Buying or leasing a solar photovoltaic (PV) system is strikingly similar to buying or leasing a car, except that a bought solar PV system actually adds value to your home.
When you lease a solar PV system, you simply pay the fixed monthly lease payments, regardless of the power the system generates. When you buy a solar PV system, you can pay in cash upfront, or finance it, often with a zero money down option. In that sense, a lease and a loan act in a similar way. Many leases also have an “escalator” built into them, meaning the amount you pay each month will increase over time.
What about my credit rating?
If buying a solar PV system, and paying in cash, this is not applicable. If buying a solar PV system using a loan, the credit rating required varies greatly. However, when leasing, the general rule of thumb is that a high credit rating is required (over 660).
What happens at the end of the lease agreement?
If you bought your system, you owned your system from day one and you will keep owning it for the life of the system (oftentimes 40+ years). If you leased the system, after the lease period ends (generally 20 years), you can buy the system at the “market price”, or have the leasing company come remove the system free of charge (and go back to paying exuberant prices for electricity). There is a third option, which is renewing your lease.
What’s the payoff period?
The payoff period for a system that you own depends on the prices of electricity, the size of the system, the local renewable incentives offered, and the size of the Federal tax credit (which is currently 30%). For example, in Massachusetts, many homeowners are seeing payoff periods of less than 7 years. That means after seven years, electricity is free for the life of the system. When it comes to leasing, only the leasing company has a payoff period, while you keep paying them a fixed price (plus the price escalator) every month for up to 20 years.
How will the solar PV system affect my home value?
In 2013, the Colorado Energy Office conducted a study titled “The Impact of Photovoltaic Systems on Market Value and Marketability”, and they found that PV systems add value to the home and decrease marketing times (the amount of time it takes to sell a home). This, however, is only applicable to PV systems which are owned by the home buyer.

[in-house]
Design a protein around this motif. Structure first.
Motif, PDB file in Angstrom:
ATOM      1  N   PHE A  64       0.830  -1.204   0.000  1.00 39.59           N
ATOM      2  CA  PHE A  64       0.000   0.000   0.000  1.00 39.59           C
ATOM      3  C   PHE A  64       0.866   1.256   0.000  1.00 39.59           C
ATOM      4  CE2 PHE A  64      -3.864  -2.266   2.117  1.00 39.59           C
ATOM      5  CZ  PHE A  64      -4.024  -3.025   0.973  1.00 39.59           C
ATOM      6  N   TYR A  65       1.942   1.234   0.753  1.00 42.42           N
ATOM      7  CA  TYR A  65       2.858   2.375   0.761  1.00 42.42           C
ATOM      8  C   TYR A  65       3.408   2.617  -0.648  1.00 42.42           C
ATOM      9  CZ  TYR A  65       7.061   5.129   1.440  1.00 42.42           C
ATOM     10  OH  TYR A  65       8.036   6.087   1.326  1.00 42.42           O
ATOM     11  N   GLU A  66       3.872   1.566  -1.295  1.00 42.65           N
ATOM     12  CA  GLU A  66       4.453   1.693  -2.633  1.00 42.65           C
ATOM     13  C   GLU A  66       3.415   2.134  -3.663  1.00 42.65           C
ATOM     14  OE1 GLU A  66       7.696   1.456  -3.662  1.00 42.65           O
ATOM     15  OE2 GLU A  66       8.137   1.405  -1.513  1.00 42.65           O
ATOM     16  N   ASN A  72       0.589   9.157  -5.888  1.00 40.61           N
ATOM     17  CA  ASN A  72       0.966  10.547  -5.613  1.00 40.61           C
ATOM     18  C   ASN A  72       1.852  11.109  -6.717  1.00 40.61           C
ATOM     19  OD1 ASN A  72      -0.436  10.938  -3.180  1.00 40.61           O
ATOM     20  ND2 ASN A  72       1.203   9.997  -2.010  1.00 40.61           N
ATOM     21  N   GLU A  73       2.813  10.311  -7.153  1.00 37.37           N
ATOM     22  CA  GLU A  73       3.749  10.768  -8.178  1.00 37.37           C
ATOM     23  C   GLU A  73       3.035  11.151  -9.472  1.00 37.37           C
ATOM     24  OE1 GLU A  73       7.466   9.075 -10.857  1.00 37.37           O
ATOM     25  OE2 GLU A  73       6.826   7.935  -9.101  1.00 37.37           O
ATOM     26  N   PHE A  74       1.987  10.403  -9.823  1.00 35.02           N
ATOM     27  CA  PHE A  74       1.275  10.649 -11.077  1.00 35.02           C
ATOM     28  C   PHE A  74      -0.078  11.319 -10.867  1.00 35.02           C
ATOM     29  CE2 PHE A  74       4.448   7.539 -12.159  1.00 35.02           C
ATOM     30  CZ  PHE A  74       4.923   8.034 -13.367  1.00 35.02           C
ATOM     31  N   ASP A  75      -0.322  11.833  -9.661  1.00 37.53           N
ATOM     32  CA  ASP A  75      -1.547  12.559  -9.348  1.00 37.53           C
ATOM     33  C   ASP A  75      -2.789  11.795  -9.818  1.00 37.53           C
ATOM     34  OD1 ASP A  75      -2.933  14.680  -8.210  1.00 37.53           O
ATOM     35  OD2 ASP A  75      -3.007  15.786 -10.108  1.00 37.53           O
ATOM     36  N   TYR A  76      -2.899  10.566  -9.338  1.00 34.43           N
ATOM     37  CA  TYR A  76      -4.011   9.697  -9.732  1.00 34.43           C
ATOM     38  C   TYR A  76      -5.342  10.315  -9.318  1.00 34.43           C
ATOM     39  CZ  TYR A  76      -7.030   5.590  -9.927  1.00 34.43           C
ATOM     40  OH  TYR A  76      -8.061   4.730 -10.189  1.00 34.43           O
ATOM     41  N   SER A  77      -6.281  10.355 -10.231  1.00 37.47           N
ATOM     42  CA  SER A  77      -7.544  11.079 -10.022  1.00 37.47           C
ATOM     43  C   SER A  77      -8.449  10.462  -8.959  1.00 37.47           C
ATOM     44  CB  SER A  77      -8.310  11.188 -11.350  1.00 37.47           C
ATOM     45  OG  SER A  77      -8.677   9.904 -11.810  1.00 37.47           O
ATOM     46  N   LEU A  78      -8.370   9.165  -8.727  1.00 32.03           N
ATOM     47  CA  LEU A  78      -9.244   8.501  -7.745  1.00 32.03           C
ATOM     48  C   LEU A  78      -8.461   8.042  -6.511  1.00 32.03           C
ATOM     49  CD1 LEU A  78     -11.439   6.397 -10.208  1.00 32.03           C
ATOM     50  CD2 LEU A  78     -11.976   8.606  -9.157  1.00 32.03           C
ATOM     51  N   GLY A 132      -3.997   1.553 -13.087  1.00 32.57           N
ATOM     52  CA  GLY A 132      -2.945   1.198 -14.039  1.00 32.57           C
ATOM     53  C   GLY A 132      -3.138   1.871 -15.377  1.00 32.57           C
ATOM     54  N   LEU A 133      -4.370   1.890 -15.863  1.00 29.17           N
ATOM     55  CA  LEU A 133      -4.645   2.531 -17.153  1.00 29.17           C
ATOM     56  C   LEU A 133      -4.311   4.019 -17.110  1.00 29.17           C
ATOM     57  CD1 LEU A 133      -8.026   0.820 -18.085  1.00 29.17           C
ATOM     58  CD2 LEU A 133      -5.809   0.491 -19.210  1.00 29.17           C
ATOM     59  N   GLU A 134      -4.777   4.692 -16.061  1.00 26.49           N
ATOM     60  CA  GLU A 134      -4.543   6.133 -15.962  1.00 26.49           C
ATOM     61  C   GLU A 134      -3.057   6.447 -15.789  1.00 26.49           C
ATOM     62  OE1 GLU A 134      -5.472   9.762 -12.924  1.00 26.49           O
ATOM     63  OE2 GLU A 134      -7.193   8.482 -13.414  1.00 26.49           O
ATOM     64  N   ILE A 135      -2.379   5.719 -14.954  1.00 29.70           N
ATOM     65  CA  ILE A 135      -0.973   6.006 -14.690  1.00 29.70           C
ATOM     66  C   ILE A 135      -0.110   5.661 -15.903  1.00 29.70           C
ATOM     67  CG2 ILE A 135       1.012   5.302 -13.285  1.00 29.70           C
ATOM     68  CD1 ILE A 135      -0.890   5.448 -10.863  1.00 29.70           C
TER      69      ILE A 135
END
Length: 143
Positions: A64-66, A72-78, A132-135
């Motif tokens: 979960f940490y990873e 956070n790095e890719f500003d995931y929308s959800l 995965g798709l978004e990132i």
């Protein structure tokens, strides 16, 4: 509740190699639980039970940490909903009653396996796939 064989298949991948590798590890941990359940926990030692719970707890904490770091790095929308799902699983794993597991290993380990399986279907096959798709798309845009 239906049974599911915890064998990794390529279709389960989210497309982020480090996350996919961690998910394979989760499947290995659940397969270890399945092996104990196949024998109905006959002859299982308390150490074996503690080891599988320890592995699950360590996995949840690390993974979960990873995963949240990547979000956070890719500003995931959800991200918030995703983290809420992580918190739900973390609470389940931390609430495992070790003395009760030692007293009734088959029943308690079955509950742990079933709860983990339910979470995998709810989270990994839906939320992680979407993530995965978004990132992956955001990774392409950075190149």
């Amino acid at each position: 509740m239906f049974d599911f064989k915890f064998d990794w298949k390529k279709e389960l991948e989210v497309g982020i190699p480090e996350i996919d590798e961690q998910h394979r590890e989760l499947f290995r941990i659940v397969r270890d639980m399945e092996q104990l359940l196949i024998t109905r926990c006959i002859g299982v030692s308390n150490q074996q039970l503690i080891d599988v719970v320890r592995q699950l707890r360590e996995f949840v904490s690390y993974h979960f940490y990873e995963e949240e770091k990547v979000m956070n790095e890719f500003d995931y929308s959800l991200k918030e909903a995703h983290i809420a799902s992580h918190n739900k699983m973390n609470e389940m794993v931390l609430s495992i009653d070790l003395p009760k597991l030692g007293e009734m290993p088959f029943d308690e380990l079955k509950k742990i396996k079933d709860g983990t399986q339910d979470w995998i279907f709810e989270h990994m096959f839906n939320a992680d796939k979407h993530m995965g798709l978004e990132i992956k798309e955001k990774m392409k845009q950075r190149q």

When it comes to selling a home with a leased solar PV system, the lease contract should have instructions on how to handle this. Sometimes, the homeowner may have to pay off the lease in order to sell the house. Realtors mention that the PV system lease is a hassle, when selling the home.
The Colorado Energy Office found that while the market pays a premium for a PV system that is owned, educating buyers is key. The housing market places a value on saving money each month, but the value will differ market to market and house to house.
Interested in learning more on whether you should buy or lease a solar PV system? Check out the video below and visit the Energy Sage website for a breakdown of the details of leasing vs owning a solar PV system.
About Independent Power Systems
Independent Power Systems (IPS) has been designing and installing premium solar and energy storage systems for residential and commercial customers in Colorado, Massachusetts, and Montana since 1996. Our team of highly skilled engineers, electricians, and installers is committed to innovation in energy resilience and sustainability as well as helping the community achieve energy independence, do right by the environment, and save money in the process. To date, IPS has installed thousands of grid-tied, off-grid, remote wind, and microgrid systems including several challenging international projects for large commercial clients and the military.